Protests in Mexico over 43 students missing since September continue to escalate, reflecting growing anger among Mexicans about a political system they view as corrupt, and increasingly tainted by the drug trade. Mounting outrage over the disappearances is now focused on the government of President Enrique Pena Nieto, accused of not doing enough to end insecurity in the country. More from VOA's Victoria Macchi.
Video

Video US Senate Votes Down Controversial Oil Pipeline - For Now

The U.S. Senate has rejected construction of a controversial pipeline to transport Canadian oil to American refineries. The $5 billion project still could be approved next year, but it faces a possible veto by President Barack Obama. As VOA’s Michael Bowman reports, the pipeline has exposed deep divisions in Congress about America’s energy future.
Video

Video Can Minsk Cease-fire Agreement Hold?

Growing tensions between government troops and separatists in eastern Ukraine further threaten a cease-fire agreement reached two months ago in the Belarusian capital of Minsk. Critics of U.S. policy in Ukraine say it is time the Obama administration gives up on that much-violated cease-fire and moves toward a new deal with Russia. VOA's Scott Stearns has more.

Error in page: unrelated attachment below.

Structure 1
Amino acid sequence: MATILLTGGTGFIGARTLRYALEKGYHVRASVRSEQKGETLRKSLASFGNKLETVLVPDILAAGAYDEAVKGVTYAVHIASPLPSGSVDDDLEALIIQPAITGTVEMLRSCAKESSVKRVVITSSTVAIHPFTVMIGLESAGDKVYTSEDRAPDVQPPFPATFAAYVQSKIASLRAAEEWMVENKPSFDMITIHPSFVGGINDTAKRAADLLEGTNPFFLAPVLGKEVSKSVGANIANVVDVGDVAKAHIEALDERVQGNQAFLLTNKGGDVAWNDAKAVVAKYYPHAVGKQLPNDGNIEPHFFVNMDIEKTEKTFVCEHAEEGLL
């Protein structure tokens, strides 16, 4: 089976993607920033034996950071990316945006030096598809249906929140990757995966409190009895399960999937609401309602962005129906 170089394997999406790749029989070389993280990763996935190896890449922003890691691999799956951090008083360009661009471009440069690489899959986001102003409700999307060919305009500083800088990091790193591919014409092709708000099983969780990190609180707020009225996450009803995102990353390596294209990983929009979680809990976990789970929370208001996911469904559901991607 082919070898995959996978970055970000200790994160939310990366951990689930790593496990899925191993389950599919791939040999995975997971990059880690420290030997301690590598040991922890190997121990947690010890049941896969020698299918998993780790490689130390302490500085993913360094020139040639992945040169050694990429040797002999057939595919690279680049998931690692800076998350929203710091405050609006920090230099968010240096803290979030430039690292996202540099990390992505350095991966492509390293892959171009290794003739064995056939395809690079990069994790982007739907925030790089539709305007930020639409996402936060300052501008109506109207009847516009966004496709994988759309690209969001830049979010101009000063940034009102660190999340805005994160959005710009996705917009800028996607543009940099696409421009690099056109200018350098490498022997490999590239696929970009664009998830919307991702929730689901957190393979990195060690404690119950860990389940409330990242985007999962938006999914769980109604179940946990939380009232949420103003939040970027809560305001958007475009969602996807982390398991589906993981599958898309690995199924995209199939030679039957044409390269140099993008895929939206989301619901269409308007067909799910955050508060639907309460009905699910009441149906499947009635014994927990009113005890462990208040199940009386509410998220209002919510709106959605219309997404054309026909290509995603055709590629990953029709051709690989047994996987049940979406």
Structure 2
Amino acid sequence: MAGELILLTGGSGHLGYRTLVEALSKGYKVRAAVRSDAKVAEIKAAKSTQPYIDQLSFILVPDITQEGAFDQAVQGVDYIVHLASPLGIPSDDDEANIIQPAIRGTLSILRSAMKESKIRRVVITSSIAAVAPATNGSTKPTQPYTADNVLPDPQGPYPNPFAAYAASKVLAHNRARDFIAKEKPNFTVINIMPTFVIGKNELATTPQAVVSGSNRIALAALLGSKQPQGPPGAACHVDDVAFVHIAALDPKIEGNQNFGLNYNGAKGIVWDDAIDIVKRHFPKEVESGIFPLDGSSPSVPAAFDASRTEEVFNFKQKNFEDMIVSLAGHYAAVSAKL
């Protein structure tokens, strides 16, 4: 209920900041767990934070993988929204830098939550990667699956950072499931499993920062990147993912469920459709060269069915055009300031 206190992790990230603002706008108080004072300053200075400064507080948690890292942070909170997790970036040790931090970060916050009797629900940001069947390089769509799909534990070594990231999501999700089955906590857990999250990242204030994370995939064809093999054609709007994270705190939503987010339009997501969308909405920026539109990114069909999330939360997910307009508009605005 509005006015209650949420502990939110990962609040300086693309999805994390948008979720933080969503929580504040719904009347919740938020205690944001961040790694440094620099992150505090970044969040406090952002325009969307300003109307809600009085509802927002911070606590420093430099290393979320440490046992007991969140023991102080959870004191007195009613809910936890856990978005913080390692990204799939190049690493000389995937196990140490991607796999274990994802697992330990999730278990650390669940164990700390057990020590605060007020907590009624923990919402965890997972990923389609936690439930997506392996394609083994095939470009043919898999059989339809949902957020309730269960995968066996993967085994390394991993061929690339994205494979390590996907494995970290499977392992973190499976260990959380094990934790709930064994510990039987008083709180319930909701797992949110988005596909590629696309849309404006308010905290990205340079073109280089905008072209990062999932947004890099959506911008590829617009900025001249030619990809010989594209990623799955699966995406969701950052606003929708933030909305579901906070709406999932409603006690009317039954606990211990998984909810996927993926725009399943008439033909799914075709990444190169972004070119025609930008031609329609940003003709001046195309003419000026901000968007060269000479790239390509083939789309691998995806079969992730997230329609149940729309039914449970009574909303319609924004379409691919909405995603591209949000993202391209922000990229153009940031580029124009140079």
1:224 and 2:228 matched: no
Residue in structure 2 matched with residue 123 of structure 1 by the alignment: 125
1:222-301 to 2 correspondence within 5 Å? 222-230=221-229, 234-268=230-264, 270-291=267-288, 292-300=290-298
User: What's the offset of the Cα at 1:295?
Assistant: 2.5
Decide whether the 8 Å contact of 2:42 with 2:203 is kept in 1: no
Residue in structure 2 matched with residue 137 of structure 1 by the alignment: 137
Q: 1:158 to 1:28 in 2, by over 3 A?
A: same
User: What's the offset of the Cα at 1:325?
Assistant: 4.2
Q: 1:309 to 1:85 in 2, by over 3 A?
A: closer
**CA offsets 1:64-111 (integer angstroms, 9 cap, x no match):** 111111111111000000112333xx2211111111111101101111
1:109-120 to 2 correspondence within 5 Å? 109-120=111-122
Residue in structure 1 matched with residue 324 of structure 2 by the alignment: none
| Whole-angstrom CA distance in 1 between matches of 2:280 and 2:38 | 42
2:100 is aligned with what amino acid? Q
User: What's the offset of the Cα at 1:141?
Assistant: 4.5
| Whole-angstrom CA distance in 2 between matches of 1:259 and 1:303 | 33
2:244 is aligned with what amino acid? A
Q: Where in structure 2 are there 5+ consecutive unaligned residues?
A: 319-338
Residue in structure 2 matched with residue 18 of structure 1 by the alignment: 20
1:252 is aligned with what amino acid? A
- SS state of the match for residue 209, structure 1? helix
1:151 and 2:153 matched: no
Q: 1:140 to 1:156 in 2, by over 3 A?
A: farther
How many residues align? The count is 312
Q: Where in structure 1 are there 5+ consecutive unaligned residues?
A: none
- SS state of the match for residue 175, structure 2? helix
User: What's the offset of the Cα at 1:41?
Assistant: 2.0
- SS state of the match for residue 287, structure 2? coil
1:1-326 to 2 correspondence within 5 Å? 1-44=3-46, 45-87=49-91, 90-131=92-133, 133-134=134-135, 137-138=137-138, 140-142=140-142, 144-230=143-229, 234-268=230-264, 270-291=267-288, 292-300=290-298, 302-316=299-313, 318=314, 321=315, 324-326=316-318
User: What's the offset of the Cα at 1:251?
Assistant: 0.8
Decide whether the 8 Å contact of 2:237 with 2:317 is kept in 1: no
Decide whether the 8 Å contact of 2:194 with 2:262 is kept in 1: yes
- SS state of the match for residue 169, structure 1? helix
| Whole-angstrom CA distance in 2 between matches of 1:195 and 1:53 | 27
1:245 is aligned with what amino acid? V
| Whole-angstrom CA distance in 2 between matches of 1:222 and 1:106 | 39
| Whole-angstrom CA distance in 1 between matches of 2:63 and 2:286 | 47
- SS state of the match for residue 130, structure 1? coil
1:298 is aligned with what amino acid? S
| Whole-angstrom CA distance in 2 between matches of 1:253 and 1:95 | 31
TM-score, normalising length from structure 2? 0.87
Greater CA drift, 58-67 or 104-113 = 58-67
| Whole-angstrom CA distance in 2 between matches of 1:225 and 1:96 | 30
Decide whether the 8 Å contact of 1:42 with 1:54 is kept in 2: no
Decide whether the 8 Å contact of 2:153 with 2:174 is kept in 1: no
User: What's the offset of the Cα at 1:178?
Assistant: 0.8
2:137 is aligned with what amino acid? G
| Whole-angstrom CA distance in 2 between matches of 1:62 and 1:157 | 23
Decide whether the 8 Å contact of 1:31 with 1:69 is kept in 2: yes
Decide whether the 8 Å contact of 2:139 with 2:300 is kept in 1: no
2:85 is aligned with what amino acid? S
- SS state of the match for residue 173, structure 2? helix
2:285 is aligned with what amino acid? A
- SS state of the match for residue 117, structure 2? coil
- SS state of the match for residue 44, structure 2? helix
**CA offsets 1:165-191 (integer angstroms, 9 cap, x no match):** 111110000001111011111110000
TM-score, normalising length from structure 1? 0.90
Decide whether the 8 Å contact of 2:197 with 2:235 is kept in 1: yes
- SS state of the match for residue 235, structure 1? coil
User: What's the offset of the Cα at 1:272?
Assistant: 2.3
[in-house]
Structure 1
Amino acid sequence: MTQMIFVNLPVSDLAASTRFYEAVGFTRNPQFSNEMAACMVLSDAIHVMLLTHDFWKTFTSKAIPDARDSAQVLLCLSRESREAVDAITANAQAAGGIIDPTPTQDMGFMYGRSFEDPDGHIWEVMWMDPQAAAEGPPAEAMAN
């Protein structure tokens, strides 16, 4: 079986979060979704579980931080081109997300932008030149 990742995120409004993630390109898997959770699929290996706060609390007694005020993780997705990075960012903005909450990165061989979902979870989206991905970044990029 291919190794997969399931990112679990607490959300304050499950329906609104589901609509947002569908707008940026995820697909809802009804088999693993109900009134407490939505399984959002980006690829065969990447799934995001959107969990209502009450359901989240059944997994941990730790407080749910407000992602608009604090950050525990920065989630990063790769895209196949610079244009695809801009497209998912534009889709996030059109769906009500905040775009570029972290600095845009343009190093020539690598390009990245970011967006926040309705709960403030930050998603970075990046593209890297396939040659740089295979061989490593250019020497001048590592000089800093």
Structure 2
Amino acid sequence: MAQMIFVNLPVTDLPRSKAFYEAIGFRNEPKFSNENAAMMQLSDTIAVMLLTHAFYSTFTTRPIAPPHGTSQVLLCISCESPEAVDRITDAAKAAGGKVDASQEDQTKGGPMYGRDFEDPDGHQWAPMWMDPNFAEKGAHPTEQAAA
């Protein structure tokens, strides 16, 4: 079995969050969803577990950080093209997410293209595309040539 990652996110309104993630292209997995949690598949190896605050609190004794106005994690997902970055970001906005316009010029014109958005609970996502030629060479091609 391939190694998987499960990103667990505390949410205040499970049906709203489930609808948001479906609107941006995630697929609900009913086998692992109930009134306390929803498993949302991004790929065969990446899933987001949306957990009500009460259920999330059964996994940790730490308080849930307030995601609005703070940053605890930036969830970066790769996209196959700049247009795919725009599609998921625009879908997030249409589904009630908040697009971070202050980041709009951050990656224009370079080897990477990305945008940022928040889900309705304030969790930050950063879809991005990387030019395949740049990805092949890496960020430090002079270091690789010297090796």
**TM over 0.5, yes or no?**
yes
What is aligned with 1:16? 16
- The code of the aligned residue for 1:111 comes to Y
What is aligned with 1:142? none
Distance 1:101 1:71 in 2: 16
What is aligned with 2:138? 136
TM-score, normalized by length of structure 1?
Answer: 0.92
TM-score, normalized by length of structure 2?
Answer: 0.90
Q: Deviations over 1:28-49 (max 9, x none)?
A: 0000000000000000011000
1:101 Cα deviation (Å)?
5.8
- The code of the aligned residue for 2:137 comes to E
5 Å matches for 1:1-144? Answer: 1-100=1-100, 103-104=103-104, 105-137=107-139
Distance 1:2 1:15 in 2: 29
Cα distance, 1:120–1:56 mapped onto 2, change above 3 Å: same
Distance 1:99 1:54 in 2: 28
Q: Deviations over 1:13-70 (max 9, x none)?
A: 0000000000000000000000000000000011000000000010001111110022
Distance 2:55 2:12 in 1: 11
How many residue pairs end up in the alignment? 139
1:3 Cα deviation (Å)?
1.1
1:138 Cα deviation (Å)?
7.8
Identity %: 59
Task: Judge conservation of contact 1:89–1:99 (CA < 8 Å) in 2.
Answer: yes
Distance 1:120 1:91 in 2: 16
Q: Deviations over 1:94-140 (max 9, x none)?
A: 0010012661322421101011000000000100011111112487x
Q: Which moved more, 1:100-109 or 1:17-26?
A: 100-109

Video

Video Chaos, Abuse Defy Solution in Libya

The political and security crisis in Libya is deepening, with competing governments and, according to Amnesty International, widespread human rights violations committed with impunity. VOA’s Al Pessin reports from London.
Video

Video US Hosts Record 866,000 Foreign Students

Close to 900,000 international students are studying at American universities and colleges, more than ever before. About half of them come from Asia, mostly China. The United States hosts more foreign students than any other country in the world, and its foreign student population is steadily growing. Zlatica Hoke reports.
Video

Video Ferguson Church Grapples with Race Relations

Many white residents of Ferguson, Missouri, say they chose to live there because of the American Midwest community's diversity. So, they were shocked when a white police officer killed an unarmed black teenager in August – and shaken by the resulting protests and violence. Some local churches are leading conversations on how to go forward. VOA’s Ayesha Tanzeem reports.

All About America

AppleAndroid